New Members of One Body

What do the dioceses of Tennessee, Taiwan and the Dominican Republic have in common with New Hampshire? They are all growing! Between 2007 and 2008, only seven dioceses had growth rates above 1% and ours was among them. (The others were Colombia, Litoral Ecuador and the Navajoland Area Mission.) Although the 2009 diocesan figures are not yet complete, the Diocese of New Hampshire has again grown in active membership from 14,501 to 14,787: a rate of two percent!

In the last issue of the New Hampshire Episcopal News, the two-page spread “Evangelism is Outreach, Outreach is Evangelism” gave witness to the ways our congregations are enthusiastically reaching out to incorporate new people into their lives. We heard from Betsy Hess and the Rev. John McCausland about innovative techniques to connect people outside our walls with the people within them.

As Christians, we use the word “incorporate” intentionally. The “corpus” that we incorporate people into is the Body of Christ itself (1 Cor. 12:12). Paul also used a botanical metaphor of grafting wild olive shoots onto cultivated trees (Romans 11:17). This incorporation and ingrafting always begins in Baptism (1 Cor. 12:13). In the last issue, Betsy Hess rightly said that evangelism “is not rocket science.” In fact, the work is far more organic, personal and living.

The Rev. John McCausland’s and Canon Charles LaFond’s work on the Come and See initiative help us as individual Christians feel comfortable inviting friends to Sunday worship. After Holy Cross’s success with the program in Easter Season, Canon LaFond and the Evangelism Commission will review it and prepare it for use in every church in the diocese. Soon, the online Evangelism Toolkit will provide all of the Come and See resources for download and adaptation in your context.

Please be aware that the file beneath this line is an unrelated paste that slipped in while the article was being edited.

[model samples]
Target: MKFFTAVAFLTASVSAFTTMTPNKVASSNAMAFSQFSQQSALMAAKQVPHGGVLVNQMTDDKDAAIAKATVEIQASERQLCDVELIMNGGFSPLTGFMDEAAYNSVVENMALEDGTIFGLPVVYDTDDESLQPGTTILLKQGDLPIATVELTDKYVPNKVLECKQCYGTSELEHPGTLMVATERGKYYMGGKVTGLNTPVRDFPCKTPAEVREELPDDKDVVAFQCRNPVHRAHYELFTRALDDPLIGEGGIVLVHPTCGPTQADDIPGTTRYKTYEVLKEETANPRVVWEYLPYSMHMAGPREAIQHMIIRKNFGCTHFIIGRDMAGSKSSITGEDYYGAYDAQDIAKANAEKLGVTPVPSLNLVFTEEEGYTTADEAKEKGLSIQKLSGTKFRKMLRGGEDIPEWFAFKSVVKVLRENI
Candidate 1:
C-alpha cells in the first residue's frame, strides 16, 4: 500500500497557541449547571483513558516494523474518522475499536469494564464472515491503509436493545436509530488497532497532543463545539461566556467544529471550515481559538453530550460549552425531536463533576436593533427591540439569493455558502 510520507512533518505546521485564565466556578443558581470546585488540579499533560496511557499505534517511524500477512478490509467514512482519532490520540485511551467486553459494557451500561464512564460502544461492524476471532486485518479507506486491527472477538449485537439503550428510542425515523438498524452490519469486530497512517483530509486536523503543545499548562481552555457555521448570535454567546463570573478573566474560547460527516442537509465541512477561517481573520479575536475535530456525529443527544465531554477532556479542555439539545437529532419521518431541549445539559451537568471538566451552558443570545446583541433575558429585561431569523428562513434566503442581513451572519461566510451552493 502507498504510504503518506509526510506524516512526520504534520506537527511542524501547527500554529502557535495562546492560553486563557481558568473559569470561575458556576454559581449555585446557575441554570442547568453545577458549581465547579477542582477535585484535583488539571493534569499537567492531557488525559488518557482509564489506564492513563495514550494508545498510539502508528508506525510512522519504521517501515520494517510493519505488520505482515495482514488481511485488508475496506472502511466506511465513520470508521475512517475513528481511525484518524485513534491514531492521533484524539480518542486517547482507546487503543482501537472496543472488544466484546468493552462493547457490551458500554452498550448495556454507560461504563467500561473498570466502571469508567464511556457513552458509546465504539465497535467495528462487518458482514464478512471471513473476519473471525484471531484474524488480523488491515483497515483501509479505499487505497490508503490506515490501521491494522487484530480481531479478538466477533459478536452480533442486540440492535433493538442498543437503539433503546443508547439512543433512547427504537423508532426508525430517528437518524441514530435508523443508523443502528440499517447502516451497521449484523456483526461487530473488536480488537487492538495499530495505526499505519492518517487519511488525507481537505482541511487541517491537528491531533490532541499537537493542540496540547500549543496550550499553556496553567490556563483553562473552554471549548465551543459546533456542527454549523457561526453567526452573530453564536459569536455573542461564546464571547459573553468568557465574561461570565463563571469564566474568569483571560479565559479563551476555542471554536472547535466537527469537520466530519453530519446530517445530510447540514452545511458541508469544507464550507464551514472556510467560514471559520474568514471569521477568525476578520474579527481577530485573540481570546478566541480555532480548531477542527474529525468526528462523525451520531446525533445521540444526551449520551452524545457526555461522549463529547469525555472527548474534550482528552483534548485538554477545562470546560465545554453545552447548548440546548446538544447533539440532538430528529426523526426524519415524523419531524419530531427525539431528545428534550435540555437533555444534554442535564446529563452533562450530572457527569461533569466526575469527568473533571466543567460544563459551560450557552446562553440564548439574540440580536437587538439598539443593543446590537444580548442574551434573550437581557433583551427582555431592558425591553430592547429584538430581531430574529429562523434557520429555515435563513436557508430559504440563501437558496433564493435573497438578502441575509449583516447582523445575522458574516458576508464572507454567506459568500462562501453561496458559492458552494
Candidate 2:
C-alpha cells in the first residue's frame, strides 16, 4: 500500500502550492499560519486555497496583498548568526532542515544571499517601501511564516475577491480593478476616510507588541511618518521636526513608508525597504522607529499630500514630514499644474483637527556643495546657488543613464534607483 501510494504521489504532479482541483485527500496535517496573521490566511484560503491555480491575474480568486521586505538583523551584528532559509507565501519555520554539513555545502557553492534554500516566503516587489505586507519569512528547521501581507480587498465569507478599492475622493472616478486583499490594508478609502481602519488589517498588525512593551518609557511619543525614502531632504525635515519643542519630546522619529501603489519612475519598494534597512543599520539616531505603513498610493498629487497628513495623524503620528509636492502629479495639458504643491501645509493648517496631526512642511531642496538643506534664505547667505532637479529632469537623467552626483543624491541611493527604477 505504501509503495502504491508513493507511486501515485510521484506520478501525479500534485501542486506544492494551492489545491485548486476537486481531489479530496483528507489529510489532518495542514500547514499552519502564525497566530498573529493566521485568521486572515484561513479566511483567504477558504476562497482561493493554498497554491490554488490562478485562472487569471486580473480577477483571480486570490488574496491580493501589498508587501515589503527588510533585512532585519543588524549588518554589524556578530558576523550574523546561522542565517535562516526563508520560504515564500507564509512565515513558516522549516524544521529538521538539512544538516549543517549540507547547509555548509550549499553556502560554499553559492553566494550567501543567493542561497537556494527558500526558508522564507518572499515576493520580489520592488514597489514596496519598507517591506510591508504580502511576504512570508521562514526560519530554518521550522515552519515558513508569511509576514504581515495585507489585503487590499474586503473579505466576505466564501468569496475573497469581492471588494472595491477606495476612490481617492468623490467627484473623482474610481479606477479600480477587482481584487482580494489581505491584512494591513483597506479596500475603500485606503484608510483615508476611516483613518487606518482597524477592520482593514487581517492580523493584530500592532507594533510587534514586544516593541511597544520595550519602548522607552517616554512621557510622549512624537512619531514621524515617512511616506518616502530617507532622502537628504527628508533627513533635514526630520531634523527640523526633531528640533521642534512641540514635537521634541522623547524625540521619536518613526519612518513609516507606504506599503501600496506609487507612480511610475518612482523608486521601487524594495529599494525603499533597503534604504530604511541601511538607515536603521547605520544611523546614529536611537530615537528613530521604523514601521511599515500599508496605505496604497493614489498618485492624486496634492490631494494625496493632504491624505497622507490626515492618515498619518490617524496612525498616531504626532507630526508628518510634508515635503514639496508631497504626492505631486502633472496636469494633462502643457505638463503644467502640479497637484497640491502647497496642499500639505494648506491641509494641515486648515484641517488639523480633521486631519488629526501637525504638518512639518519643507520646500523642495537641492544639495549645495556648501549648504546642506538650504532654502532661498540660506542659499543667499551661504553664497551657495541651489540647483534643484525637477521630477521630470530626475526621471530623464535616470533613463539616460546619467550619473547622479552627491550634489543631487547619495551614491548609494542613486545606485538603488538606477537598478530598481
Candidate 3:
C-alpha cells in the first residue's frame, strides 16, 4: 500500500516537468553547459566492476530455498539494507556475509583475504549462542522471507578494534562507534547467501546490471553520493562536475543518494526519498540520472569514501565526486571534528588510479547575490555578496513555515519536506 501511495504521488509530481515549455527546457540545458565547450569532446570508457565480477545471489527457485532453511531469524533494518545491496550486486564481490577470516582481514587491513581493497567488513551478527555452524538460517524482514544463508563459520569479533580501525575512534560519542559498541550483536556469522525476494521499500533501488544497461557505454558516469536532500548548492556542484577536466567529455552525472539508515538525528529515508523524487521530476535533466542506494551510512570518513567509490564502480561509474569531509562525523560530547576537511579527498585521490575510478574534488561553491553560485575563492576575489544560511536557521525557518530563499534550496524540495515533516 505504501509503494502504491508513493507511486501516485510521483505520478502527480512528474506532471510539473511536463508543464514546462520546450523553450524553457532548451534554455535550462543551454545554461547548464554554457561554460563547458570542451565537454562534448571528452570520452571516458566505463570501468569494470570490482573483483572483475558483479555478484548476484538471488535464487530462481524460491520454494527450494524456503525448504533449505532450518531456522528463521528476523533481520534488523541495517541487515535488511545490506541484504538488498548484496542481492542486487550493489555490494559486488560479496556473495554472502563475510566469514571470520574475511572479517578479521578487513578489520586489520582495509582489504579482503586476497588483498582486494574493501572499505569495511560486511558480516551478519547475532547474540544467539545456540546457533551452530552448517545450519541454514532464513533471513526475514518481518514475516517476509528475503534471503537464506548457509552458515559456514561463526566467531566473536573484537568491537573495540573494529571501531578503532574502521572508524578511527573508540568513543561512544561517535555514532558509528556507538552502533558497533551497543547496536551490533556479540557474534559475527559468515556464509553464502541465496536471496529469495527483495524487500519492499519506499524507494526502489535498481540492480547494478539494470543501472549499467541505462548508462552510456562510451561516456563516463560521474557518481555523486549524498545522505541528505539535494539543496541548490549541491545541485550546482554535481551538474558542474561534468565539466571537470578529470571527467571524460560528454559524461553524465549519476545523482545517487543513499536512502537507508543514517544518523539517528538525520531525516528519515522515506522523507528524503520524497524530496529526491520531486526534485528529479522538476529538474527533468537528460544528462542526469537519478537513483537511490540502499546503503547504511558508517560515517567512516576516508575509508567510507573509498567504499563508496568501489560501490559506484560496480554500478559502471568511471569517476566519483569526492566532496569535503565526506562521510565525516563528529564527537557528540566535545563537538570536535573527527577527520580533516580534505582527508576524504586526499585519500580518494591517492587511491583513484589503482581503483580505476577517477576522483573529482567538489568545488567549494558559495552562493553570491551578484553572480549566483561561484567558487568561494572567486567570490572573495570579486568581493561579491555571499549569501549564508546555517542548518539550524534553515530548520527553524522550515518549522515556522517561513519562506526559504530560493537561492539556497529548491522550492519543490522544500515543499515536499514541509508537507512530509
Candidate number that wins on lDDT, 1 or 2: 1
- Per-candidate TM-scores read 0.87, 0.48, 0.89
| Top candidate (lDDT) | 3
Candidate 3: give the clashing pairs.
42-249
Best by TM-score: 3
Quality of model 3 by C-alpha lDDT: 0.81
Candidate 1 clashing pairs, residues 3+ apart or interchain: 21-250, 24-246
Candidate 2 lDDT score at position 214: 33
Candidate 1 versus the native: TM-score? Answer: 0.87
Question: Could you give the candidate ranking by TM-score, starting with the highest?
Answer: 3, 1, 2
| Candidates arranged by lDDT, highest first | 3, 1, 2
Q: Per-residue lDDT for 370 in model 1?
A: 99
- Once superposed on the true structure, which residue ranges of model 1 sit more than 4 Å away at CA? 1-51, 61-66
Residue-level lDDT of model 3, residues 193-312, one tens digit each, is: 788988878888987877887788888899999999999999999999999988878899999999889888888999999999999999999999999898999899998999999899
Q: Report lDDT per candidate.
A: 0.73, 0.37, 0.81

The work of incorporation goes beyond invitation and to formation and sustained ministry. Grace Church in East Concord has prepared a Discovery Class, a twelve-week introduction to Christian faith and the Episcopal Church. The class begins in the basics, taking into account that only 36% of New Hampshire and Vermont residents agree that “religion is very important in their lives.” The class concludes with a look at Spiritual Gifts and connecting new members’ gifts into ministries lived in congregations. Also, after review, the class materials will become available online Toolkit for every congregation to use.

The Evangelism Commission has worked hard to create these two resources and to expand them into a Toolkit for our whole diocese. In their work, the Commission has defined evangelism as “actively inviting non-members to membership in the Body of Christ and to commit with us to work, pray and give for the spread of the Kingdom of God,” based on 1 Corinthians and our Catechism (p. 856). Energized by the Holy Spirit and equipped with the Evangelism Toolkit, our churches will remain in the good company of growing places like Tennessee and Colombia, found all over the global Body of Christ.


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